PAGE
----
PS. I don't care what class you take, you're not going to be doing a chest tube. No First Responder is going to have the wherewithal to put in a tube. Your buddy has an exceptional amount of training, but I'd be skeptical that he gets to apply it that often.

    Quote Originally Posted by ToddG View Post
    Just got my First Responder/CPR/AED/O2 certification. OK, yea me.

    Spoke with a very good friend who, as part of a full-time tac team, received quite a bit of advanced emergency trauma training. We talked about the stuff I'd learned in class and his opinion was that most of it was wishful thinking. He doesn't claim to be an expert by any means, but it raised a lot of questions that I thought the experts here might be able to explain.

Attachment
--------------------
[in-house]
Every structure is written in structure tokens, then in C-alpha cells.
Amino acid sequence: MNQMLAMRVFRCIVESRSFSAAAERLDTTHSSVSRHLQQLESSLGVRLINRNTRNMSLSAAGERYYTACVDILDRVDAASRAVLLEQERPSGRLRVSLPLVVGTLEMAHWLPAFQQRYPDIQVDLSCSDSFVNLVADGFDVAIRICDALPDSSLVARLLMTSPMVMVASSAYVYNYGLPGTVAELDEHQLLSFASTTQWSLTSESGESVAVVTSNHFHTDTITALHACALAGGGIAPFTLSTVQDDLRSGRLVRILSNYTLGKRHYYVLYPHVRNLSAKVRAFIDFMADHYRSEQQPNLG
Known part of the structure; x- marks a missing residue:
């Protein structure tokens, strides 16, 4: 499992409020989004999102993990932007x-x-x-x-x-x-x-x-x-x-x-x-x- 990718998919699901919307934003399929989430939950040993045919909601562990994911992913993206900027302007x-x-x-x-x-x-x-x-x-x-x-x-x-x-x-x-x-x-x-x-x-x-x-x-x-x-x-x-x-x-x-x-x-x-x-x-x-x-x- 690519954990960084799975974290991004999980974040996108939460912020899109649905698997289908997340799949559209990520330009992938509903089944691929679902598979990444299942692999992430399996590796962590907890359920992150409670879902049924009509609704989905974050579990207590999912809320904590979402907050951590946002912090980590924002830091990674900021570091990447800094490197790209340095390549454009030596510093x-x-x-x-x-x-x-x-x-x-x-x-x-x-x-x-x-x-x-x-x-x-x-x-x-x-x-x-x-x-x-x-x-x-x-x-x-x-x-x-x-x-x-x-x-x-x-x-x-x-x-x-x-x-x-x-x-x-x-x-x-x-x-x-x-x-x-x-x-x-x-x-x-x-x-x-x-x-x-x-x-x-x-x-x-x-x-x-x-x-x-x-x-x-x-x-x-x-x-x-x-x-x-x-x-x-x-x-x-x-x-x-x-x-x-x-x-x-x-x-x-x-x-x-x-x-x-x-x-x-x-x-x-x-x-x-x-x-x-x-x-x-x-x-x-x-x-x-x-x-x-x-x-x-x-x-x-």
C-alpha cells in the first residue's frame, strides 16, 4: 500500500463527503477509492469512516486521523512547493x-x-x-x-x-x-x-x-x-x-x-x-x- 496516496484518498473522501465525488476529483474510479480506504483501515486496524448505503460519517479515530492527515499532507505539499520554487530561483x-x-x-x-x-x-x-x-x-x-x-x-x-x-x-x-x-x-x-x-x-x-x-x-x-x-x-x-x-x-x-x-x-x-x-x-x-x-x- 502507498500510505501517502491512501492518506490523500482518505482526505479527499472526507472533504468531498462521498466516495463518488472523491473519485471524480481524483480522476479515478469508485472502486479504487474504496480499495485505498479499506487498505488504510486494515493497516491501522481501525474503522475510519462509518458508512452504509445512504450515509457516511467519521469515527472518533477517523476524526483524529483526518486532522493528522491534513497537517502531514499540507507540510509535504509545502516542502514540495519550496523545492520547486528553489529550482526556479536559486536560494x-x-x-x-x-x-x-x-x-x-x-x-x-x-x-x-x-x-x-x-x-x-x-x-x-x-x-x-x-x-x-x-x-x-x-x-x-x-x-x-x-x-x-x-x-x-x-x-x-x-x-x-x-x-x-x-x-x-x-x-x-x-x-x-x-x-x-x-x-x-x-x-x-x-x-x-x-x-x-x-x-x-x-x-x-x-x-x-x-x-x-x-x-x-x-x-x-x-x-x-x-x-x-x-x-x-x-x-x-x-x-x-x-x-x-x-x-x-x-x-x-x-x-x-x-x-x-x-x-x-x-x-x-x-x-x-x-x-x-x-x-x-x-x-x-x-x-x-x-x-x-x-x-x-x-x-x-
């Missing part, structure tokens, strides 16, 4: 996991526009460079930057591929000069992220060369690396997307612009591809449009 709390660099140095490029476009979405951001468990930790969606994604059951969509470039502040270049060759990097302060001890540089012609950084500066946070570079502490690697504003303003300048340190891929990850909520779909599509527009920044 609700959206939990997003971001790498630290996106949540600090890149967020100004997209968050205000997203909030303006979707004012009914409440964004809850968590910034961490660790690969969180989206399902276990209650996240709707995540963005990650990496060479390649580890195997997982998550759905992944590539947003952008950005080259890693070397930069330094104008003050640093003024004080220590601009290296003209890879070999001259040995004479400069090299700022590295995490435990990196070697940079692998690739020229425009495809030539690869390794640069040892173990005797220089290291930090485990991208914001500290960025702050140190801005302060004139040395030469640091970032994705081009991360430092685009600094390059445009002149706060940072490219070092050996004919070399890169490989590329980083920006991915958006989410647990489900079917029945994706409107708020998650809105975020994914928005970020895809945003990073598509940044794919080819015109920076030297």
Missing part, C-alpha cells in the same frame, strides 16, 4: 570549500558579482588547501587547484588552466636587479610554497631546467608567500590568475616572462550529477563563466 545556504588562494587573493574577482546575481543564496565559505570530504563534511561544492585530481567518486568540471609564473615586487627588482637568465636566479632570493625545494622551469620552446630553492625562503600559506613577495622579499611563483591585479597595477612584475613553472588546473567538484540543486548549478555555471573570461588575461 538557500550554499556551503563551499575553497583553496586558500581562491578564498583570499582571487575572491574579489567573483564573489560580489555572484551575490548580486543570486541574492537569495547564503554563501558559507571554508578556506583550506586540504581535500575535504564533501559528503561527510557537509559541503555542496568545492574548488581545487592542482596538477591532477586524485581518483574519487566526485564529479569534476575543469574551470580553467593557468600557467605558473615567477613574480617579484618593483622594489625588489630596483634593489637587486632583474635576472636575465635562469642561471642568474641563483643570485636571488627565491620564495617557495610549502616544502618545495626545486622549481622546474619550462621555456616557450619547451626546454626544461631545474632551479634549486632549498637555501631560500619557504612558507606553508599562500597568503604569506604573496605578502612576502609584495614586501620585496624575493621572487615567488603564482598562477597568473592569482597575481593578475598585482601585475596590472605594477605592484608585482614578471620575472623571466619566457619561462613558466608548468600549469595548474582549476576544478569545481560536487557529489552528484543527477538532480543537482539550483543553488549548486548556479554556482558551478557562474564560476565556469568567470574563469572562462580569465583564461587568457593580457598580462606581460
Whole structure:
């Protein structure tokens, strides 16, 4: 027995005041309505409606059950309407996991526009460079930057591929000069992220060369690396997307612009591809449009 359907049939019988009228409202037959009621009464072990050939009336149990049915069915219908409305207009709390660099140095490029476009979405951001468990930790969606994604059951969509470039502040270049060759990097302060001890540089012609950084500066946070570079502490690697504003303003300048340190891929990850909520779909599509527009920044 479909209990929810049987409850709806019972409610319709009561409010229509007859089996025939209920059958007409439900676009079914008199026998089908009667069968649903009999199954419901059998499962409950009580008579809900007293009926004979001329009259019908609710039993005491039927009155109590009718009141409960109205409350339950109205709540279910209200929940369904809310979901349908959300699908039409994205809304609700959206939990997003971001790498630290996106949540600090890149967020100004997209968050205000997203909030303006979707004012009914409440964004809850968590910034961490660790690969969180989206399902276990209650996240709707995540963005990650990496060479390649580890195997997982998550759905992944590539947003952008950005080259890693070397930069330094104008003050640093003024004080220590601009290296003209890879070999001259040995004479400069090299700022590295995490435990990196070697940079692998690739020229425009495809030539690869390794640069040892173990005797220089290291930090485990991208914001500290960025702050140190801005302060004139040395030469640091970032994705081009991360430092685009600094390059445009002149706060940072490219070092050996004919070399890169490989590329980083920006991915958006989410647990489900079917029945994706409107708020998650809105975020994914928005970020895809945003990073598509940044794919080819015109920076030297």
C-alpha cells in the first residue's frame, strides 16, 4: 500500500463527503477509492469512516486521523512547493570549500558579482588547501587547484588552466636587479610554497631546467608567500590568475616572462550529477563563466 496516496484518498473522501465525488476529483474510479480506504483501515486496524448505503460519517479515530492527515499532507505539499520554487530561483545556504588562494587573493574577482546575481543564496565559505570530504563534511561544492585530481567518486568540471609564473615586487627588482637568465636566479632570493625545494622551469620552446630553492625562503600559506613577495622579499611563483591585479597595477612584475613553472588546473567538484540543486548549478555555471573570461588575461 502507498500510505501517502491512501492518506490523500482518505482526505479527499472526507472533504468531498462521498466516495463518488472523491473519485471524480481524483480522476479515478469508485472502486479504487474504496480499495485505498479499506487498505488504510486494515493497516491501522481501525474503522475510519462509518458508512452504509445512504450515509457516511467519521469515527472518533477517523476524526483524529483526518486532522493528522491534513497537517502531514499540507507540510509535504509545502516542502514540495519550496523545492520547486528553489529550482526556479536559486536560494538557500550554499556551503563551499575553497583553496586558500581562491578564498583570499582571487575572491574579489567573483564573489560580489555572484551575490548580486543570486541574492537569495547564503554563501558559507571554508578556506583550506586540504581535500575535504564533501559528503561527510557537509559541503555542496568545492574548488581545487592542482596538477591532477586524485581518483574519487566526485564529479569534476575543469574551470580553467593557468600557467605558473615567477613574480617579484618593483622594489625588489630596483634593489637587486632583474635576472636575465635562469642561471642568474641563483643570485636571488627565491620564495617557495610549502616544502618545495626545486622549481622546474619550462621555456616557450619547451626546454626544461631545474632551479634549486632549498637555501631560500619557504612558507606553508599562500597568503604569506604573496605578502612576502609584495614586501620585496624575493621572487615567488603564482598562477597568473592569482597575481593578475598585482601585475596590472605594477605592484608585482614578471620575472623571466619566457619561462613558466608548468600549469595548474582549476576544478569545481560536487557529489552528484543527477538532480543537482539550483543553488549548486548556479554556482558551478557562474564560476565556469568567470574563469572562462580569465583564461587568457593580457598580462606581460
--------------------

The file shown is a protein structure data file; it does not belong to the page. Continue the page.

Examples:

    Tourniquets: Official DOT/ARC word-of-God is that you never put a tourniquet on unless you've decided, in effect, to amputate the limb. Official procedure is bandage, if bleeding continues more bandage, if bleeding continues pressure point, if bleeding continues then tourniquet if and only if medical help is > 30 minutes out.

    I'm not a doctor, but I have a hard time believing someone with a sliced open femoral artery is going to last 30 minutes. When I raised this point in class, the instructor basically said, "this is what DOT/ARC teaches ... use your judgment."